Frito-Lay Lawsuit: A Tale of Unpaid Wages and Worker Safety


In 2022, Frito-Lay, a subsidiary of PepsiCo, found itself embroiled in two separate lawsuits, each highlighting significant issues within the company’s operations.

Unpaid Wages Stemming from Ransomware Attack

The first lawsuit, filed in January 2022, alleged that Frito-Lay had violated the Fair Labor Standards Act (FLSA) by failing to pay overtime wages to hourly and salaried non-exempt employees. The lawsuit stemmed from a ransomware attack in December 2021 that crippled the company’s timekeeping system, Kronos. As a result of the outage, Frito-Lay was unable to accurately track employee hours, leading to widespread discrepancies in overtime pay.

The plaintiffs, a group of Frito-Lay employees represented by Nichols Kaster, PLLC, claimed that the company had failed to properly compensate them for overtime hours worked between December 2021 and February 2022. Instead of paying overtime based on actual hours worked, Frito-Lay allegedly resorted to estimating overtime based on employees’ average earnings, resulting in underpayment.

Worker Electrocution and Surveillance Allegations

The second lawsuit, filed in May 2022, involved far more serious allegations. The lawsuit, filed by Brandon Ingram, claimed that Ingram was severely electrocuted while working at a Frito-Lay factory in Missouri in 2016. The incident resulted in significant injuries and ongoing medical issues for Ingram.

The lawsuit further alleged that Frito-Lay not only failed to provide Ingram with adequate medical care but also engaged in surveillance and intimidation tactics against him and his family. Ingram claimed that the company had hired private investigators to follow him and his family, and had even gone so far as to install cameras outside their home.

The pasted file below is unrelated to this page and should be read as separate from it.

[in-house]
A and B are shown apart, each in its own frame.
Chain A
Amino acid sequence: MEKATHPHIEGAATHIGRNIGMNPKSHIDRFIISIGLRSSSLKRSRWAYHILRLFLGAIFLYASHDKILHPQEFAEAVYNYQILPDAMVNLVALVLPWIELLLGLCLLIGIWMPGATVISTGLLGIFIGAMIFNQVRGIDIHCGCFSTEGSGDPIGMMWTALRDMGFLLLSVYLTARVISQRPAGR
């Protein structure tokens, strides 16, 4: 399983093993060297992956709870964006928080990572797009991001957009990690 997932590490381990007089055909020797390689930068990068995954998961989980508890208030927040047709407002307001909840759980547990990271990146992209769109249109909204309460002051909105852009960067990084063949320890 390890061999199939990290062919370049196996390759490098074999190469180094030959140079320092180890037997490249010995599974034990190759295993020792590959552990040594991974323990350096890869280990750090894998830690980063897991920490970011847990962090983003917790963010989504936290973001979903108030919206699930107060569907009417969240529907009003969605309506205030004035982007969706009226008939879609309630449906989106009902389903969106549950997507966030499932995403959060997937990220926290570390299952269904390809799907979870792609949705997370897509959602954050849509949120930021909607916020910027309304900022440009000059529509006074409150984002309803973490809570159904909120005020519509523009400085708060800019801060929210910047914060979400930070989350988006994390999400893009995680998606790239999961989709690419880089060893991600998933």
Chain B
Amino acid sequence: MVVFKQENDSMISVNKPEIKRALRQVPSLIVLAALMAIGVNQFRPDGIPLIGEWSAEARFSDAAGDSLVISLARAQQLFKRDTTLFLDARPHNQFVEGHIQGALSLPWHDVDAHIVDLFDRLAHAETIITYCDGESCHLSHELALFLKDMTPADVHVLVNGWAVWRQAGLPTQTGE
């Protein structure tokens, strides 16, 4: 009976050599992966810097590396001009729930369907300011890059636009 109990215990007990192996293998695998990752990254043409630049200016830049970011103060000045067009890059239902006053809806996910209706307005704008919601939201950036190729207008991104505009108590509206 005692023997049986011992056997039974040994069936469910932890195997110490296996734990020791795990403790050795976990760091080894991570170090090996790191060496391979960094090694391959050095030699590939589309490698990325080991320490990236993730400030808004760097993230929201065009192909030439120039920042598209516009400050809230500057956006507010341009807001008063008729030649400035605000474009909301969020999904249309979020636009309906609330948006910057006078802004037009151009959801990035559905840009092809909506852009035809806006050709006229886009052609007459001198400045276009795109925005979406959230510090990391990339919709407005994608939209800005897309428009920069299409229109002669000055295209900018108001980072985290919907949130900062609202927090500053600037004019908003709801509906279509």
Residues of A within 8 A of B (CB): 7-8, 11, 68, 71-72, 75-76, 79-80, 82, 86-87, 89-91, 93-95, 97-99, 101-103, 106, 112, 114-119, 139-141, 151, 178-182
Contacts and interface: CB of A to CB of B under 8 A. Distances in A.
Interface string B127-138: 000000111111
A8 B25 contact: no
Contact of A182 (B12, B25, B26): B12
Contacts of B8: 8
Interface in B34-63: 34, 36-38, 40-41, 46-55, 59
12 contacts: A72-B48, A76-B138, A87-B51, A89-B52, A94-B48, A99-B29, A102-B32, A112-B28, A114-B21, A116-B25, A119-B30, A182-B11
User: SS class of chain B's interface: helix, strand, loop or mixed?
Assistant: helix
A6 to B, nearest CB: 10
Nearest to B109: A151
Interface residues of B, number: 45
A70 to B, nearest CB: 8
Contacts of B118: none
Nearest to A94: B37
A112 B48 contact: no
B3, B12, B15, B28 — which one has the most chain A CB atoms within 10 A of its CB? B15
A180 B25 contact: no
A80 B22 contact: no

Frito-Lay denied these allegations, stating that it had provided Ingram with appropriate medical care and that it had not engaged in any surveillance activities. The company also stated that it had offered Ingram a generous settlement package, which he had declined.


The two lawsuits against Frito-Lay highlight serious concerns about the company’s labor practices and worker safety. The allegations of unpaid wages and surveillance raise questions about the company’s commitment to its employees’ well-being. The electrocution incident and its aftermath further underscore the need for stricter safety measures within Frito-Lay’s facilities.


What was the outcome of the lawsuit regarding unpaid wages?

The lawsuit regarding unpaid wages is still ongoing. A settlement has not yet been reached.

What is the status of the lawsuit involving Brandon Ingram’s electrocution?

The lawsuit involving Brandon Ingram’s electrocution is also ongoing. A trial date has not yet been set.

What steps has Frito-Lay taken to address these allegations?

Frito-Lay has stated that it is committed to investigating the allegations and taking appropriate action. The company has also stated that it is reviewing its safety procedures to prevent future incidents.

What can Frito-Lay do to regain the trust of its employees and the public?

Frito-Lay can regain the trust of its employees and the public by demonstrating transparency and accountability. The company should provide regular updates on the status of the lawsuits and take concrete steps to address the underlying issues that led to these allegations.

What role can government agencies play in preventing similar incidents?

Government agencies can play a role in preventing similar incidents by conducting thorough investigations of workplace safety complaints and enforcing labor laws.

What can employees do to protect themselves against unfair labor practices?

Employees can protect themselves against unfair labor practices by being aware of their rights under the FLSA and other labor laws. They should also report any suspected violations to the appropriate authorities.



One thought on “Frito-Lay Lawsuit: A Tale of Unpaid Wages and Worker Safety

  1. I have a question I worked for frito lay and I have gotten my annual report pay period January 1st to march it said I only made 1000 for 12 weeks I started Frito-Lay in February 2022 to October 2023 and I’ve noted my pay wages and period is so wrong who would I call C?

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